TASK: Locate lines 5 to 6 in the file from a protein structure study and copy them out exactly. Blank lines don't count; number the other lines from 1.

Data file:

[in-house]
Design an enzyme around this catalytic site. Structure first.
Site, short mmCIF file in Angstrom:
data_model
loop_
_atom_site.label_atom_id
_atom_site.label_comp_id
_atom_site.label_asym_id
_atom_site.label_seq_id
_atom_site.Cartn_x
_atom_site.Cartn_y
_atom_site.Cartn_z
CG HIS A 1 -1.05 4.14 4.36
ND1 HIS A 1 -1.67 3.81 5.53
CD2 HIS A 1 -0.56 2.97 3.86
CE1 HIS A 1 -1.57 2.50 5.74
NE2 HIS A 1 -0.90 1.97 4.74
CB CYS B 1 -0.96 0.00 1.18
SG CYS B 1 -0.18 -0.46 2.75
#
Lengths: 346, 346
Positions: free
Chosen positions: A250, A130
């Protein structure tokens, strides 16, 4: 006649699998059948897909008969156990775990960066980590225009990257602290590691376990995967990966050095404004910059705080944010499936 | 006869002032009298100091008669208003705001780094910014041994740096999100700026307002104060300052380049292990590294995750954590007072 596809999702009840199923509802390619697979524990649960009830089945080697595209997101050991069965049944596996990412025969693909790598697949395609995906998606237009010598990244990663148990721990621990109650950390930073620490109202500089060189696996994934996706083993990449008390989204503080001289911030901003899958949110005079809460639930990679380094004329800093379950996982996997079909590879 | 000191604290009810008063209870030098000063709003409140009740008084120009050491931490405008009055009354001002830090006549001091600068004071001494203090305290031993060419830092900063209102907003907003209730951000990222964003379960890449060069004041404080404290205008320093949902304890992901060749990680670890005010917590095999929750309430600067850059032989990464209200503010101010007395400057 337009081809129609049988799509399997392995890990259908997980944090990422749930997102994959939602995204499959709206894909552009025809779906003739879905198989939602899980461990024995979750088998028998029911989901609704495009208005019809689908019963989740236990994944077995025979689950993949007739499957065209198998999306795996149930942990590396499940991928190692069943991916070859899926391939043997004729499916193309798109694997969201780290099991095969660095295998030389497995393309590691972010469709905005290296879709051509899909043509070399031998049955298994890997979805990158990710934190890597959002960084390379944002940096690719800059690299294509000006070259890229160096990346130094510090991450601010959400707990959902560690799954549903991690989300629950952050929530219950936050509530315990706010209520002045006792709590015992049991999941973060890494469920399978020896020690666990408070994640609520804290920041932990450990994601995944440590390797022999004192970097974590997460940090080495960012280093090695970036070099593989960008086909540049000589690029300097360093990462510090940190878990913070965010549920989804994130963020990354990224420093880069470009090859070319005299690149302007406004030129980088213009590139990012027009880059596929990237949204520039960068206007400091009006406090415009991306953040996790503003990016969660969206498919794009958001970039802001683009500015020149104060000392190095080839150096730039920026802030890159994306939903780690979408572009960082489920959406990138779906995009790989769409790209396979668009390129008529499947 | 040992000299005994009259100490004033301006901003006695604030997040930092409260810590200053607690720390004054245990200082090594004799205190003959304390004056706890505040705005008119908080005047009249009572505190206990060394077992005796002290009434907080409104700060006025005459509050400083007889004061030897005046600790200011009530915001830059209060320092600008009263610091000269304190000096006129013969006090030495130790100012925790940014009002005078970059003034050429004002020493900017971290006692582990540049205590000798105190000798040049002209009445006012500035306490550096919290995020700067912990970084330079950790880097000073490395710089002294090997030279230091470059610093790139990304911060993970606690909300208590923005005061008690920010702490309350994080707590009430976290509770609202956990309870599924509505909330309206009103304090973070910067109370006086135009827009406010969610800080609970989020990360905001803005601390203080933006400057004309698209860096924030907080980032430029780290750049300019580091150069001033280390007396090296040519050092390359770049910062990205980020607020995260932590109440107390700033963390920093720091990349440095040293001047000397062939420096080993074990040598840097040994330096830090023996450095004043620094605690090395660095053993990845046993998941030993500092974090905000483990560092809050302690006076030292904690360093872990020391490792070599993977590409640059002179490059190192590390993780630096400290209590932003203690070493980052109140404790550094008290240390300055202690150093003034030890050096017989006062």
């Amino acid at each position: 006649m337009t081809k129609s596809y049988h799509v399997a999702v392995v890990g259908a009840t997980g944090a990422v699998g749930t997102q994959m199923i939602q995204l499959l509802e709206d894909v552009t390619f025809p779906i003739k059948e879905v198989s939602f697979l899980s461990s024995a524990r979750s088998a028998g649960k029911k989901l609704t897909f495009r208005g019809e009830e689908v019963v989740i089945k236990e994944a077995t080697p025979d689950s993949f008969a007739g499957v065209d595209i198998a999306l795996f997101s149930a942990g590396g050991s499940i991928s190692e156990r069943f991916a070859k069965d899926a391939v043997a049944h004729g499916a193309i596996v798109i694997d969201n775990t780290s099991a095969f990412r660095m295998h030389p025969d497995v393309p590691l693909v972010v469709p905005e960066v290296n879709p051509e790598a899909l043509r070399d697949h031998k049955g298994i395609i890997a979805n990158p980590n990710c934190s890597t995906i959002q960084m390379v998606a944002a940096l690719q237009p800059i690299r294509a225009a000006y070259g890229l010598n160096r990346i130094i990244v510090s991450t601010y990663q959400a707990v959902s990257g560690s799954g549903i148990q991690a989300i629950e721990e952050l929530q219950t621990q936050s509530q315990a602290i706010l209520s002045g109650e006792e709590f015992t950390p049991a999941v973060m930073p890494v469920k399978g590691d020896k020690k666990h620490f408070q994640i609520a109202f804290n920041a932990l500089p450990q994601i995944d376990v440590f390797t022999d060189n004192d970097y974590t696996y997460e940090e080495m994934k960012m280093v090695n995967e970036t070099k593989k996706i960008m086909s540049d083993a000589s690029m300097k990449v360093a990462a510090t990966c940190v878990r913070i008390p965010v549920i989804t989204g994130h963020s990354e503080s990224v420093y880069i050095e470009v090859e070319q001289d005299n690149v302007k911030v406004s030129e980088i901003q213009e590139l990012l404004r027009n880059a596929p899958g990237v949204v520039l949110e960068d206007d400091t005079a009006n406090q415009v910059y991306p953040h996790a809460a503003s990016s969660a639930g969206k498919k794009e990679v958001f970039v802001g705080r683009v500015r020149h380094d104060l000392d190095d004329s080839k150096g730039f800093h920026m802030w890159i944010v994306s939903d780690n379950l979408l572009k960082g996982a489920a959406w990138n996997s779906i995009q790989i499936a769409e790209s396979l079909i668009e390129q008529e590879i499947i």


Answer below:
loop_
_atom_site.label_atom_id